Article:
Monday

Reverse engineering 101



After the CTF @ Hack.lu, I got more interested in Reverse engineering so I looked up some resources to help sharpen my skills. First of all, there is a Wikibook on Reverse Engineering to familiarize yourself with some of the concepts.

Then there is a two piece part on reverse engineering at the ethicalhacker.network.

In Part 1, Intro to Reverse Engineering - No Assembly Required, we extended the series of coding articles for non-programmers with an area of high interest in the infosec community. We're proud to be able to bring you the highly anticipated follow-up complete with screen shots, sample code and applications. This one is long and detailed, so strap yourselves in for some great educational content.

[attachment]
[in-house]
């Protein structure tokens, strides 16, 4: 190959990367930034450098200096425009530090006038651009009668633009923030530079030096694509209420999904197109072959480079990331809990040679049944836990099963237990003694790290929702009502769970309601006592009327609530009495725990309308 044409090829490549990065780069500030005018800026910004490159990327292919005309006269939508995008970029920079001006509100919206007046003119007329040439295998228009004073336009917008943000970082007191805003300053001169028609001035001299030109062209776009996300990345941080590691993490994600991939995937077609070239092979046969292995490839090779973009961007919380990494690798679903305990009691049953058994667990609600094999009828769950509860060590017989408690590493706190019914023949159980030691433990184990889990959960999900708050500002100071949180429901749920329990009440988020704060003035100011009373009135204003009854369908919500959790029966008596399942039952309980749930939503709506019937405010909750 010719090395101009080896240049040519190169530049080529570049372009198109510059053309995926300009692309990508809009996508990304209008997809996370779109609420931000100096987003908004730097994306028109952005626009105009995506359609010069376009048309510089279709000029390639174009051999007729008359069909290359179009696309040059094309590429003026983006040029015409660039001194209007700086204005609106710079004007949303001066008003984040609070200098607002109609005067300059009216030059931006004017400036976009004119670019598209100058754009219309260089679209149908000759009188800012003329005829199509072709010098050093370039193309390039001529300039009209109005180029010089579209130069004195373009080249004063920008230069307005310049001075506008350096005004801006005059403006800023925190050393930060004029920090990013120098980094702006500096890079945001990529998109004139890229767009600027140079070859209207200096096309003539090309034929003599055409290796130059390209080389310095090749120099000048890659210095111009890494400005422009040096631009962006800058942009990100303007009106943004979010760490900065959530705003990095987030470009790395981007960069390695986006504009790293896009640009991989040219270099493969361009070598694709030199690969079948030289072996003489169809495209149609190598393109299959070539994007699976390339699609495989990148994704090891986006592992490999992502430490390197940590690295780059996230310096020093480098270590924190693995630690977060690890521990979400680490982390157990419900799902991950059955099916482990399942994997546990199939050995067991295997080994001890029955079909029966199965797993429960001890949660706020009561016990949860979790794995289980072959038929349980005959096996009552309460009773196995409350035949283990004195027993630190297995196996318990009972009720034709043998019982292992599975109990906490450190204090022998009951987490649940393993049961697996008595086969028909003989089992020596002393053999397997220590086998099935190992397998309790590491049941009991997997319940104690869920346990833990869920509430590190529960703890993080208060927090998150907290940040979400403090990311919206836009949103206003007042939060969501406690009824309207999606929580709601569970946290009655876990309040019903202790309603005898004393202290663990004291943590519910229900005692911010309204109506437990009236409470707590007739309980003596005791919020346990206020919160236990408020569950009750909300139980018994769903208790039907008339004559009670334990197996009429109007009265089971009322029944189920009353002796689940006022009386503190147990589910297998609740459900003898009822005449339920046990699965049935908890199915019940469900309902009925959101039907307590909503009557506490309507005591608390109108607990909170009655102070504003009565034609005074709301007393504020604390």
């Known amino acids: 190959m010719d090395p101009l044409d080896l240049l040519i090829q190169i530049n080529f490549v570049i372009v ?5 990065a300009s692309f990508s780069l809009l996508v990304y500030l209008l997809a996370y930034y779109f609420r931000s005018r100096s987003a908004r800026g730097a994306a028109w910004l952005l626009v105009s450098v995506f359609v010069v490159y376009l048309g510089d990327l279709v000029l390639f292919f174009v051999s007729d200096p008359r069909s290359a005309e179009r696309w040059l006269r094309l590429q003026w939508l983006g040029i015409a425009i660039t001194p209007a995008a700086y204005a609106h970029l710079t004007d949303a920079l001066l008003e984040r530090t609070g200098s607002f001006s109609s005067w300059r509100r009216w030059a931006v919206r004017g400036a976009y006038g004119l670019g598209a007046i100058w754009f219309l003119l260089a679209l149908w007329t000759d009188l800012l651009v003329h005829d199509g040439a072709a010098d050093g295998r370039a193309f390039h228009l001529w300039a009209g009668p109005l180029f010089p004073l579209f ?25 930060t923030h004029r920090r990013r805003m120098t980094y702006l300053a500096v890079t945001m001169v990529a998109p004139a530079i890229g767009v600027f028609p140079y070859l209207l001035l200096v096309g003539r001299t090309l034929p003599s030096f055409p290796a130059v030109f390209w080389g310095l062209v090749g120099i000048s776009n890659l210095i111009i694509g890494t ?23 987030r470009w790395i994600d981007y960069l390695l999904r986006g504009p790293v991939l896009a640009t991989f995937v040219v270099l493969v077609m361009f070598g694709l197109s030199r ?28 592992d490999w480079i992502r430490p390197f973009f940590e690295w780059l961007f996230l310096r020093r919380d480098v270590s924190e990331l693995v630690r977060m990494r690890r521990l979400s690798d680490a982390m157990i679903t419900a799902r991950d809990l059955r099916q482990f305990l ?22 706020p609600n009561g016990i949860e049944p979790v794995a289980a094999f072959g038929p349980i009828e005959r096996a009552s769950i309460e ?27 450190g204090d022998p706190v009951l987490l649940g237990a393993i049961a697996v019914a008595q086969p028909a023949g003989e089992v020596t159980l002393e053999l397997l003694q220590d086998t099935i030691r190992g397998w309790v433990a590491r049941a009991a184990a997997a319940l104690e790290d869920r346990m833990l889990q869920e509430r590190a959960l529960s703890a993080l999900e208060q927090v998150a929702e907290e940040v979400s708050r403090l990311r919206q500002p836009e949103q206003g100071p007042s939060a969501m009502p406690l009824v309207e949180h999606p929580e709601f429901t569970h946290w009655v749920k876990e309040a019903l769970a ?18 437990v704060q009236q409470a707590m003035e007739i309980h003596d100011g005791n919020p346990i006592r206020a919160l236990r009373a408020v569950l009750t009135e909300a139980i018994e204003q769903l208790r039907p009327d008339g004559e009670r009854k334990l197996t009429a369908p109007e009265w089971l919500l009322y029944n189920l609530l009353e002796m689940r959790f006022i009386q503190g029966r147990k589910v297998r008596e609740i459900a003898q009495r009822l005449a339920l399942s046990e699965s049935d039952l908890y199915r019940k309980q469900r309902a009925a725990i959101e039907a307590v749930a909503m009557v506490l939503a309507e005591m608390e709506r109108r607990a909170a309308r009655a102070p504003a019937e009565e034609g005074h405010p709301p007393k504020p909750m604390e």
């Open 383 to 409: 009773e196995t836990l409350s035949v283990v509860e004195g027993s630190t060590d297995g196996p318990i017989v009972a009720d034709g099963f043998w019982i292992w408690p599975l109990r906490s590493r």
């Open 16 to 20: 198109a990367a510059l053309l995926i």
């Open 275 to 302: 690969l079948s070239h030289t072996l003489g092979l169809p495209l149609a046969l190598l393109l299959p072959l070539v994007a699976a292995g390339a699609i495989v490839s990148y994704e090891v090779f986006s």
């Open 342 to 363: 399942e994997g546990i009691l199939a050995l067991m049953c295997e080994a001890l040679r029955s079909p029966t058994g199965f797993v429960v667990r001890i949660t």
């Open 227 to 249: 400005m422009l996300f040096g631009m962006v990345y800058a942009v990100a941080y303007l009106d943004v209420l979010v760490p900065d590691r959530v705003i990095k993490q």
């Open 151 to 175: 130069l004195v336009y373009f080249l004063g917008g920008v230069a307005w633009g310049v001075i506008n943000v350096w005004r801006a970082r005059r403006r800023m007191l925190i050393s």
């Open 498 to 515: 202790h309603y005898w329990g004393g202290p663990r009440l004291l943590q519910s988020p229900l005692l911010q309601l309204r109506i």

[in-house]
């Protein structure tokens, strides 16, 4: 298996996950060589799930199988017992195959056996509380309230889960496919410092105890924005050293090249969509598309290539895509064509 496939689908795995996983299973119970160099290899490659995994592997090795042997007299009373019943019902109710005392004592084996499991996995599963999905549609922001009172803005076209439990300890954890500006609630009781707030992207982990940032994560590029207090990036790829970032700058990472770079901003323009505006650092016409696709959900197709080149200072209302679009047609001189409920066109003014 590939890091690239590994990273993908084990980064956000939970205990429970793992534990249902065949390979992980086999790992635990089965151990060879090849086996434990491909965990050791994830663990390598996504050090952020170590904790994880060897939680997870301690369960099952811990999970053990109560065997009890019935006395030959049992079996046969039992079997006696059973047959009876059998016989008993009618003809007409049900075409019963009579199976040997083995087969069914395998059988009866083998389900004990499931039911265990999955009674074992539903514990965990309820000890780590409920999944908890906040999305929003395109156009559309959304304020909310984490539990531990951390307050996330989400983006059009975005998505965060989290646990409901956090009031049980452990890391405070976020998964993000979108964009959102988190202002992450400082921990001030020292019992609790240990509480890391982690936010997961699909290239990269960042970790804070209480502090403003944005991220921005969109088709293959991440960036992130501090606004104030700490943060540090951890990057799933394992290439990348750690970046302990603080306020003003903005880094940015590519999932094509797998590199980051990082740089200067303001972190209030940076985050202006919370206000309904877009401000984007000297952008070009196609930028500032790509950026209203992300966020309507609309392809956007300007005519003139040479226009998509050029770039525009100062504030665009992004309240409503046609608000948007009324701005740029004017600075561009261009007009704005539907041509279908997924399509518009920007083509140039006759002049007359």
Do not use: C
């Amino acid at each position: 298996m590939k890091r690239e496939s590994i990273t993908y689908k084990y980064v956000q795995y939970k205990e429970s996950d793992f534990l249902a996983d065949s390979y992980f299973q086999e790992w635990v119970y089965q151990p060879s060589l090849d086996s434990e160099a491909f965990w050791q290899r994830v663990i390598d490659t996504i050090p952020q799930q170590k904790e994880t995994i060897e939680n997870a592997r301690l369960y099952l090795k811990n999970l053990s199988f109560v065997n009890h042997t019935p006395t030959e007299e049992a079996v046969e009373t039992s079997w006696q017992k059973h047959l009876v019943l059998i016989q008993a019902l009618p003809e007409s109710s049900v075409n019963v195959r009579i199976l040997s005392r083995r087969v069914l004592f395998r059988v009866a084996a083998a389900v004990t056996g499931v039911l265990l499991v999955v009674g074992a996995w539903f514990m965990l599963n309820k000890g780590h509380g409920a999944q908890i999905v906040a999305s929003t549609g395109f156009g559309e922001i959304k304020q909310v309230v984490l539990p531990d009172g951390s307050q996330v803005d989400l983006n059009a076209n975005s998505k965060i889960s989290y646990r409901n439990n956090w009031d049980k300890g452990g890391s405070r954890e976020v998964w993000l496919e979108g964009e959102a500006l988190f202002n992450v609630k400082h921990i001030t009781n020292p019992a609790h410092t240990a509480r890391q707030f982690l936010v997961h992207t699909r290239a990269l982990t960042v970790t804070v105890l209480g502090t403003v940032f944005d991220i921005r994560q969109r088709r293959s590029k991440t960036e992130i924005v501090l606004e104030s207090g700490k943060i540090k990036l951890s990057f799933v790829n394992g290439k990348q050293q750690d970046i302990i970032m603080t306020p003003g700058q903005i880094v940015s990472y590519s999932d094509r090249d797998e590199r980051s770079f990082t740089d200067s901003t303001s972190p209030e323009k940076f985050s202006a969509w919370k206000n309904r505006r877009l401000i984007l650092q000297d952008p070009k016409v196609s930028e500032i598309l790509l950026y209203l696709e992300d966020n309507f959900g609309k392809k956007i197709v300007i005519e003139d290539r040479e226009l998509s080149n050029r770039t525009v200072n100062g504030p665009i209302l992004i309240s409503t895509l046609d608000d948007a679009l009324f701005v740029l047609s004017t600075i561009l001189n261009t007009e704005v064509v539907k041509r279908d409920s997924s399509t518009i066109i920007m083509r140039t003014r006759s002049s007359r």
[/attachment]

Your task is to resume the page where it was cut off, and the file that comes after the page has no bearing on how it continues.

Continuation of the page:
This paper is designed to outline some essential reverse engineering concepts, tools and techniques - primarily, debuggers and using the debugging process to reverse engineer application functions and algorithms. It is assumed you have knowledge of basic assembly and C programming. An understanding of Win32 programming and API calls is also helpful. This tutorial does not necessarily have to be read in order (although it is strongly advised), as some sections do not contain information that directly relates to subsequent sections. However, if you begin skipping around and find that you have trouble understanding a concept, or feel like you missed an explanation, it would be best to go back to previous sections of the tutorial and read them first.

After that, let's get to Intro to Reverse Engineering - Part 2

If you need some practice, you can always try the challenges from F-secure:

Don’t forget Didier Steven's tools to help you with the challenges:

- Challenger
- OllyStepNSearch

Think it’s too difficult for you? Think again, this movie (YouTube) shows how easy the first level of last year’s challenge was, XviD hires here

I also noticed Didier created a wiki on reverse engineering:

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